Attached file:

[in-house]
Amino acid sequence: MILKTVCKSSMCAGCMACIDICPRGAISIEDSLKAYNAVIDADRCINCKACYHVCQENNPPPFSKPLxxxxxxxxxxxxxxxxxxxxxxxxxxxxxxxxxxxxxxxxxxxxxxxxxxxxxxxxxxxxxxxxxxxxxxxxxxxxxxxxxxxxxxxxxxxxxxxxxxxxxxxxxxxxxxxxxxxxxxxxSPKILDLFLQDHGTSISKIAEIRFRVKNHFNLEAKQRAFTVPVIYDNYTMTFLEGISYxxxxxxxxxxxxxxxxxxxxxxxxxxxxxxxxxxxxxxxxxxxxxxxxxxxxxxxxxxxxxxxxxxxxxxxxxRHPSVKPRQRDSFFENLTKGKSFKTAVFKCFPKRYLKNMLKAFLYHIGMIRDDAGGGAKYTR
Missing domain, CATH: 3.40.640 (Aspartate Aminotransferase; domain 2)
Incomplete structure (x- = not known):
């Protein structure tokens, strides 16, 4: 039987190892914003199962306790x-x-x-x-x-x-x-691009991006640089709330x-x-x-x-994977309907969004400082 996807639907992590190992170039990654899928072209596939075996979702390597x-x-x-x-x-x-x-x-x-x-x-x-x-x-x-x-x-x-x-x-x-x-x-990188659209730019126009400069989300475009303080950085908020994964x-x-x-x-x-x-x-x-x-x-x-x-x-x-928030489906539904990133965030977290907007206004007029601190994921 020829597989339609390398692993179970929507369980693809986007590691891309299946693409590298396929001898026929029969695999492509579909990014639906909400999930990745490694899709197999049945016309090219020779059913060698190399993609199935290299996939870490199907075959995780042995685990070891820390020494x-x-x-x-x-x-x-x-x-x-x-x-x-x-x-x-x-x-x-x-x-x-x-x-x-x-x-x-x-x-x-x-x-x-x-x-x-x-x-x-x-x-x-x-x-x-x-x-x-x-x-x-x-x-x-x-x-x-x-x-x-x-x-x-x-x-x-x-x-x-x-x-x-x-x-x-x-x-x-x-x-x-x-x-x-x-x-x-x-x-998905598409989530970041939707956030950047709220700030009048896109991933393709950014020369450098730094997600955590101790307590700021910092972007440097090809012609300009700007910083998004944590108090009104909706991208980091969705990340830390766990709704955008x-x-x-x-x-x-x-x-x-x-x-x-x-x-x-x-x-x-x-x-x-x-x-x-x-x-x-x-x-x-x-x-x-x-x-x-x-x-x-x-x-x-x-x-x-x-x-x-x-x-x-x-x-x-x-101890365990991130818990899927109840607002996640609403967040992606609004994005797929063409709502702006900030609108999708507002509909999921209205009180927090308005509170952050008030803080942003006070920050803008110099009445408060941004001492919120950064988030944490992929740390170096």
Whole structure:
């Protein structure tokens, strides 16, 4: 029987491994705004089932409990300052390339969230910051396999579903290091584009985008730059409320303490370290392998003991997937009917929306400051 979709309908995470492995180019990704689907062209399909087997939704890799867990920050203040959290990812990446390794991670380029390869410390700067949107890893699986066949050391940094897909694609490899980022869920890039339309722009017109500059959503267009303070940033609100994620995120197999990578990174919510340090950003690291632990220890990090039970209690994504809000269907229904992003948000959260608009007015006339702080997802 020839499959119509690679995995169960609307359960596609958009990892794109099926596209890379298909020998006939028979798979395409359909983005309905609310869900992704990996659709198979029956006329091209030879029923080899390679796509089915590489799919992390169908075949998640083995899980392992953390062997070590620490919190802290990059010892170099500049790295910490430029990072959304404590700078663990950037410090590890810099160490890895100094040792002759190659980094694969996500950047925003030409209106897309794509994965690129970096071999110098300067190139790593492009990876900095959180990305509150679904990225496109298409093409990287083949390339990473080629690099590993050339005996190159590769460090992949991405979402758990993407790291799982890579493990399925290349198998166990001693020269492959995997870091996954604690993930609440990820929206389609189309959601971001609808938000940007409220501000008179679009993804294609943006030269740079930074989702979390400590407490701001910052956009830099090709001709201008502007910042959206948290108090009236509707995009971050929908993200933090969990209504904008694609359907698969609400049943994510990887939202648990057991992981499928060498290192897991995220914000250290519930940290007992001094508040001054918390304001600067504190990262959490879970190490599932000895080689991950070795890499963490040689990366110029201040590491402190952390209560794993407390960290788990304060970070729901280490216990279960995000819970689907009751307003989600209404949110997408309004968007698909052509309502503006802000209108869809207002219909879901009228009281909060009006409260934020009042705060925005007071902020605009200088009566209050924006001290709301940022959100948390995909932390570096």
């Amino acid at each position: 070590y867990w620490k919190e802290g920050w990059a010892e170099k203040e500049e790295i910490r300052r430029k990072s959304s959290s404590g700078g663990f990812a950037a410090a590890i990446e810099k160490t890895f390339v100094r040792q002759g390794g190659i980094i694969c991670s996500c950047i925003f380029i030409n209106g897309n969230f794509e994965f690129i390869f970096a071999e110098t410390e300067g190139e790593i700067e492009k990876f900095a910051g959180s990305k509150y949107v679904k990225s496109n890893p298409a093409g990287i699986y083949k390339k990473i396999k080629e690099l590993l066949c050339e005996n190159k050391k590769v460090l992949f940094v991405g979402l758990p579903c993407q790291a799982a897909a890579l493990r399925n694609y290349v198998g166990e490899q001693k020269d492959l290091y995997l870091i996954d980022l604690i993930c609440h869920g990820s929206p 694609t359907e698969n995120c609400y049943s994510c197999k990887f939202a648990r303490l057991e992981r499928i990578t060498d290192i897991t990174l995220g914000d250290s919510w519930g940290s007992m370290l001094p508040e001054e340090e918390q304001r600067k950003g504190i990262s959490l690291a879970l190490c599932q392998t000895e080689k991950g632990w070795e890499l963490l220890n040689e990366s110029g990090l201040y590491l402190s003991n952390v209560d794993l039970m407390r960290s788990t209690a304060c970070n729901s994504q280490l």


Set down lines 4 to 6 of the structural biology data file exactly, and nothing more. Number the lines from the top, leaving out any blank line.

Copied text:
Incomplete structure (x- = not known):
């Protein structure tokens, strides 16, 4: 039987190892914003199962306790x-x-x-x-x-x-x-691009991006640089709330x-x-x-x-994977309907969004400082 996807639907992590190992170039990654899928072209596939075996979702390597x-x-x-x-x-x-x-x-x-x-x-x-x-x-x-x-x-x-x-x-x-x-x-990188659209730019126009400069989300475009303080950085908020994964x-x-x-x-x-x-x-x-x-x-x-x-x-x-928030489906539904990133965030977290907007206004007029601190994921 020829597989339609390398692993179970929507369980693809986007590691891309299946693409590298396929001898026929029969695999492509579909990014639906909400999930990745490694899709197999049945016309090219020779059913060698190399993609199935290299996939870490199907075959995780042995685990070891820390020494x-x-x-x-x-x-x-x-x-x-x-x-x-x-x-x-x-x-x-x-x-x-x-x-x-x-x-x-x-x-x-x-x-x-x-x-x-x-x-x-x-x-x-x-x-x-x-x-x-x-x-x-x-x-x-x-x-x-x-x-x-x-x-x-x-x-x-x-x-x-x-x-x-x-x-x-x-x-x-x-x-x-x-x-x-x-x-x-x-x-998905598409989530970041939707956030950047709220700030009048896109991933393709950014020369450098730094997600955590101790307590700021910092972007440097090809012609300009700007910083998004944590108090009104909706991208980091969705990340830390766990709704955008x-x-x-x-x-x-x-x-x-x-x-x-x-x-x-x-x-x-x-x-x-x-x-x-x-x-x-x-x-x-x-x-x-x-x-x-x-x-x-x-x-x-x-x-x-x-x-x-x-x-x-x-x-x-x-101890365990991130818990899927109840607002996640609403967040992606609004994005797929063409709502702006900030609108999708507002509909999921209205009180927090308005509170952050008030803080942003006070920050803008110099009445408060941004001492919120950064988030944490992929740390170096």
Whole structure: